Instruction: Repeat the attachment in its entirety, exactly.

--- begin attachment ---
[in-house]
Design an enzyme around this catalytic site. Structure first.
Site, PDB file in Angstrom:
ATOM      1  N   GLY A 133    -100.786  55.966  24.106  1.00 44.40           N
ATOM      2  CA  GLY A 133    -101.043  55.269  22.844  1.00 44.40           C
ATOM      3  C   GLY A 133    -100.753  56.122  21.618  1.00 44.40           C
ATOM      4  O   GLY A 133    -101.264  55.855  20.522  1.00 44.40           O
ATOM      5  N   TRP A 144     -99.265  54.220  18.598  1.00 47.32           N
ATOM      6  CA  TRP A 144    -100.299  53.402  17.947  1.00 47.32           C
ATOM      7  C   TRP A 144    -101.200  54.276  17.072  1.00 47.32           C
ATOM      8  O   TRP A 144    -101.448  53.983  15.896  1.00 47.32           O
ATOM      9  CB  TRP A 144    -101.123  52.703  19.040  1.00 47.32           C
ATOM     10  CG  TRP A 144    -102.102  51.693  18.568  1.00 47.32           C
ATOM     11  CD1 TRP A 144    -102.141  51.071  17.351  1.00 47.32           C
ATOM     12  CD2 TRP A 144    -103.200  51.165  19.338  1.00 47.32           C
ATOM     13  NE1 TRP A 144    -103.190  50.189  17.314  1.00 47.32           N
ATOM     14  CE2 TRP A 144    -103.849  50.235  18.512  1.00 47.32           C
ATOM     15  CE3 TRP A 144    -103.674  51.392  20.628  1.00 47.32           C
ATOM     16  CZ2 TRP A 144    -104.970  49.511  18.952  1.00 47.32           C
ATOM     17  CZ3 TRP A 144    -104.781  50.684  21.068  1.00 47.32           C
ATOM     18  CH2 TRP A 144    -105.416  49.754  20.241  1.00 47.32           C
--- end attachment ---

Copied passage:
[in-house]
Design an enzyme around this catalytic site. Structure first.
Site, PDB file in Angstrom:
ATOM      1  N   GLY A 133    -100.786  55.966  24.106  1.00 44.40           N
ATOM      2  CA  GLY A 133    -101.043  55.269  22.844  1.00 44.40           C
ATOM      3  C   GLY A 133    -100.753  56.122  21.618  1.00 44.40           C
ATOM      4  O   GLY A 133    -101.264  55.855  20.522  1.00 44.40           O
ATOM      5  N   TRP A 144     -99.265  54.220  18.598  1.00 47.32           N
ATOM      6  CA  TRP A 144    -100.299  53.402  17.947  1.00 47.32           C
ATOM      7  C   TRP A 144    -101.200  54.276  17.072  1.00 47.32           C
ATOM      8  O   TRP A 144    -101.448  53.983  15.896  1.00 47.32           O
ATOM      9  CB  TRP A 144    -101.123  52.703  19.040  1.00 47.32           C
ATOM     10  CG  TRP A 144    -102.102  51.693  18.568  1.00 47.32           C
ATOM     11  CD1 TRP A 144    -102.141  51.071  17.351  1.00 47.32           C
ATOM     12  CD2 TRP A 144    -103.200  51.165  19.338  1.00 47.32           C
ATOM     13  NE1 TRP A 144    -103.190  50.189  17.314  1.00 47.32           N
ATOM     14  CE2 TRP A 144    -103.849  50.235  18.512  1.00 47.32           C
ATOM     15  CE3 TRP A 144    -103.674  51.392  20.628  1.00 47.32           C
ATOM     16  CZ2 TRP A 144    -104.970  49.511  18.952  1.00 47.32           C
ATOM     17  CZ3 TRP A 144    -104.781  50.684  21.068  1.00 47.32           C
ATOM     18  CH2 TRP A 144    -105.416  49.754  20.241  1.00 47.32           C